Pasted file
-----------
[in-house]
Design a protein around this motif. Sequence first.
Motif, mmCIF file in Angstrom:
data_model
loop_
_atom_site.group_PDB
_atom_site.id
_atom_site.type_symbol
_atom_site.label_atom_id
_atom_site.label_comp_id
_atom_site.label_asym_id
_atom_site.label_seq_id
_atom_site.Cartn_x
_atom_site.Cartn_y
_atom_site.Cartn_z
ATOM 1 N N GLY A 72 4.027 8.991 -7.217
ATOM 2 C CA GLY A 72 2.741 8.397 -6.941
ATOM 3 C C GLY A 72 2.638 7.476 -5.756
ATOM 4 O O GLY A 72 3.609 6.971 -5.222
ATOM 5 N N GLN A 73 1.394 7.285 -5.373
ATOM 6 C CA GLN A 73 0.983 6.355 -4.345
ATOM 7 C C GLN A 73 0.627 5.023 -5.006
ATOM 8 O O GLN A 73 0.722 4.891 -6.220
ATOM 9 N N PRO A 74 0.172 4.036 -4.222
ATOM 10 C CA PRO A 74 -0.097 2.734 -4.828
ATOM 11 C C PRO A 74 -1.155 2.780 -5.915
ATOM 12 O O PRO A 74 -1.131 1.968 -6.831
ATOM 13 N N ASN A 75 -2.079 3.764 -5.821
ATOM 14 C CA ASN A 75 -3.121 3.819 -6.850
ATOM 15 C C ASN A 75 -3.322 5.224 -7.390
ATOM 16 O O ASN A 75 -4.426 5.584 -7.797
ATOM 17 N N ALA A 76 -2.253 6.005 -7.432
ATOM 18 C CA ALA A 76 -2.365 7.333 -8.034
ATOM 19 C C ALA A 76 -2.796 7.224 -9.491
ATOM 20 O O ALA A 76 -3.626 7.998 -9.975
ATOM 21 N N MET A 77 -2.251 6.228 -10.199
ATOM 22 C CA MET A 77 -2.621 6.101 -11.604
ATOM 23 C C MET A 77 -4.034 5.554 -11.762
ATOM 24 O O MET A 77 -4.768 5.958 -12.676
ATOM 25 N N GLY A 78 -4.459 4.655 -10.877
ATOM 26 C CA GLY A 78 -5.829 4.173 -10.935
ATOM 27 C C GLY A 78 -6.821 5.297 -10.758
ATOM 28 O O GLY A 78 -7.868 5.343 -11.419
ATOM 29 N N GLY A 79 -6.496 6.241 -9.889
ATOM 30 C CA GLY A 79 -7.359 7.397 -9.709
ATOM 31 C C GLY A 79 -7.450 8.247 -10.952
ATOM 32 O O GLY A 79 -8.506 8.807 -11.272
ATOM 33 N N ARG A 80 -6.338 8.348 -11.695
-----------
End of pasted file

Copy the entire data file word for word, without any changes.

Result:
[in-house]
Design a protein around this motif. Sequence first.
Motif, mmCIF file in Angstrom:
data_model
loop_
_atom_site.group_PDB
_atom_site.id
_atom_site.type_symbol
_atom_site.label_atom_id
_atom_site.label_comp_id
_atom_site.label_asym_id
_atom_site.label_seq_id
_atom_site.Cartn_x
_atom_site.Cartn_y
_atom_site.Cartn_z
ATOM 1 N N GLY A 72 4.027 8.991 -7.217
ATOM 2 C CA GLY A 72 2.741 8.397 -6.941
ATOM 3 C C GLY A 72 2.638 7.476 -5.756
ATOM 4 O O GLY A 72 3.609 6.971 -5.222
ATOM 5 N N GLN A 73 1.394 7.285 -5.373
ATOM 6 C CA GLN A 73 0.983 6.355 -4.345
ATOM 7 C C GLN A 73 0.627 5.023 -5.006
ATOM 8 O O GLN A 73 0.722 4.891 -6.220
ATOM 9 N N PRO A 74 0.172 4.036 -4.222
ATOM 10 C CA PRO A 74 -0.097 2.734 -4.828
ATOM 11 C C PRO A 74 -1.155 2.780 -5.915
ATOM 12 O O PRO A 74 -1.131 1.968 -6.831
ATOM 13 N N ASN A 75 -2.079 3.764 -5.821
ATOM 14 C CA ASN A 75 -3.121 3.819 -6.850
ATOM 15 C C ASN A 75 -3.322 5.224 -7.390
ATOM 16 O O ASN A 75 -4.426 5.584 -7.797
ATOM 17 N N ALA A 76 -2.253 6.005 -7.432
ATOM 18 C CA ALA A 76 -2.365 7.333 -8.034
ATOM 19 C C ALA A 76 -2.796 7.224 -9.491
ATOM 20 O O ALA A 76 -3.626 7.998 -9.975
ATOM 21 N N MET A 77 -2.251 6.228 -10.199
ATOM 22 C CA MET A 77 -2.621 6.101 -11.604
ATOM 23 C C MET A 77 -4.034 5.554 -11.762
ATOM 24 O O MET A 77 -4.768 5.958 -12.676
ATOM 25 N N GLY A 78 -4.459 4.655 -10.877
ATOM 26 C CA GLY A 78 -5.829 4.173 -10.935
ATOM 27 C C GLY A 78 -6.821 5.297 -10.758
ATOM 28 O O GLY A 78 -7.868 5.343 -11.419
ATOM 29 N N GLY A 79 -6.496 6.241 -9.889
ATOM 30 C CA GLY A 79 -7.359 7.397 -9.709
ATOM 31 C C GLY A 79 -7.450 8.247 -10.952
ATOM 32 O O GLY A 79 -8.506 8.807 -11.272
ATOM 33 N N ARG A 80 -6.338 8.348 -11.695